this case would be a blade made of D2. D2 has better cutting qualities in general than the other stainless steels and is not as prone to chipping as are the others.

    Which brings us back to the ultimate mankilling blade, Damascus.
    There is nothing like it when properly done. Just be damned careful about where and how you spend your money. The men who have a true understanding of this steel are extremely few in number. They know that all that glitters is not gold. You should, too."


    Originally appeared in Soldier of Fortune, November 1985


     
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  16. justjed

    justjed

    851
    Oct 23, 2010
    I had that issue, read that article. Long time ago, now....
     
  17. Smiling

    Smiling

    Nov 21, 2019
    I really wanted a damascus knife when I was teenagers and still getting 1-3€ knives from e-bay. They all sucked.
    Never got that e-bay damascus.

    When I decided enough money for a decent knife I rather went to the store of Cold Steel supplier. I ended up with SK-5 Recon Tanto.

    Now, looking at real damascus prices, I can get CPM-3V knife in that same price range. And CPM-3V is tougher, holds better edge... and I use my knives. So there's no reason for me to buy damascus just because it's pretty, since it soon wouldn't be that pretty after I used it.
     
  18. cbrstar

    cbrstar Gold Member Gold Member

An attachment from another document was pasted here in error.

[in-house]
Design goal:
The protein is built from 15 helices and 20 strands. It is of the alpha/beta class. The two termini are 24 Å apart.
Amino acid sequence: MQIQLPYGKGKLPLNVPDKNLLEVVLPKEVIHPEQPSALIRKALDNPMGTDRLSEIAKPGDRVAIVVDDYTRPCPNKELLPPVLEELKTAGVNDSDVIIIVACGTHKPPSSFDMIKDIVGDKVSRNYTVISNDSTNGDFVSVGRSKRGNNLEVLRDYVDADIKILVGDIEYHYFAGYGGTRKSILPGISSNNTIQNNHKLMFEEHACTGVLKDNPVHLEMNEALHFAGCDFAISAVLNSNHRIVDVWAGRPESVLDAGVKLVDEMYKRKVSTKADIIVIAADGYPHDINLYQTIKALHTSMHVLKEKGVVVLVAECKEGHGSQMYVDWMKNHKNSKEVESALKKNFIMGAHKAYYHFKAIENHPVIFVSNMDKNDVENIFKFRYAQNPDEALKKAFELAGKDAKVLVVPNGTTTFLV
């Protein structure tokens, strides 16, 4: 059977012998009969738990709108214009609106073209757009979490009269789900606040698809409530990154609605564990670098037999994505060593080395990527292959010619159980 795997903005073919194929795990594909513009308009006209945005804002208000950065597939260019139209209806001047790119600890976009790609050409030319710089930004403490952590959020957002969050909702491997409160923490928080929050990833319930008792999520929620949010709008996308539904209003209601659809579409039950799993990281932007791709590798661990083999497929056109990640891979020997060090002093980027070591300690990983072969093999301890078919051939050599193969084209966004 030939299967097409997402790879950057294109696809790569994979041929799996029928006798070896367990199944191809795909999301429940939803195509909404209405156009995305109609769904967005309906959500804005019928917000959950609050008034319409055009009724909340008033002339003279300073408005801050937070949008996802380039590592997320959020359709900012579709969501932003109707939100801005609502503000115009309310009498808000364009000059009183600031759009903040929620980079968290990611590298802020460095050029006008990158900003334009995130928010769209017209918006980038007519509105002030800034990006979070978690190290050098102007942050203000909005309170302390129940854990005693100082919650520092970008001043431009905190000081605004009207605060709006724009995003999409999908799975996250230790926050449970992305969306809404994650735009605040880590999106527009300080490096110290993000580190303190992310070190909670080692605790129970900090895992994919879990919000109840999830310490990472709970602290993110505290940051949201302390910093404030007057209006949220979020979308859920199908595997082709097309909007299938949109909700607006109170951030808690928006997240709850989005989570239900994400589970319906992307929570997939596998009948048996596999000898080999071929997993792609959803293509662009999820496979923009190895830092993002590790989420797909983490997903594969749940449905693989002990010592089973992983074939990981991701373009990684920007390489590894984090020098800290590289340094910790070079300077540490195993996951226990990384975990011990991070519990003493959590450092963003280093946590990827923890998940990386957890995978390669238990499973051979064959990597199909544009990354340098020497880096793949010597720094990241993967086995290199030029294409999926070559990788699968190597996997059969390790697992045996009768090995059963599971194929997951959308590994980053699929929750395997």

936
    Sep 7, 2015
    This video probably been posted before, but he does show you what $24 gets ya in a Damascus knife! :D If you are impatient fast forward to 16:04

    I could be wrong, but IMHO pattern welding was a crude way for ancient civilizations like the Romans to try to combine the properties of two different steels to make an alloy. So super steels etc being a alloy is the evolution of that.

    When you buy a super steel you basically know what you are getting. Damascus? who knows what they mixed it with and the blades are usually too pretty for people to work them hard and actually see. Personally though I do love the look of a well made Damascus blade. :cool:
     
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  19. Hananneor

    Hananneor

    7
    Mar 22, 2016
    I read somewhere, thought it was in Bill's book but couldn't find it, That Bagwell said, if you look through microscope on the edge of the blade, you will see miniature sawteeth. And on his Damascus blades one can see more delicate sawteeth to the main sawteeth.
    Apology for my broken english..
     
  20. Horsewright

    Horsewright KnifeMaker / Craftsman / Service Provider Knifemaker / Craftsman / Service Provider

    Oct 4, 2011
    This one is going to a working cowboy/rancher and it will be used. At the engravers right now having the bolster engraved:

    [​IMG]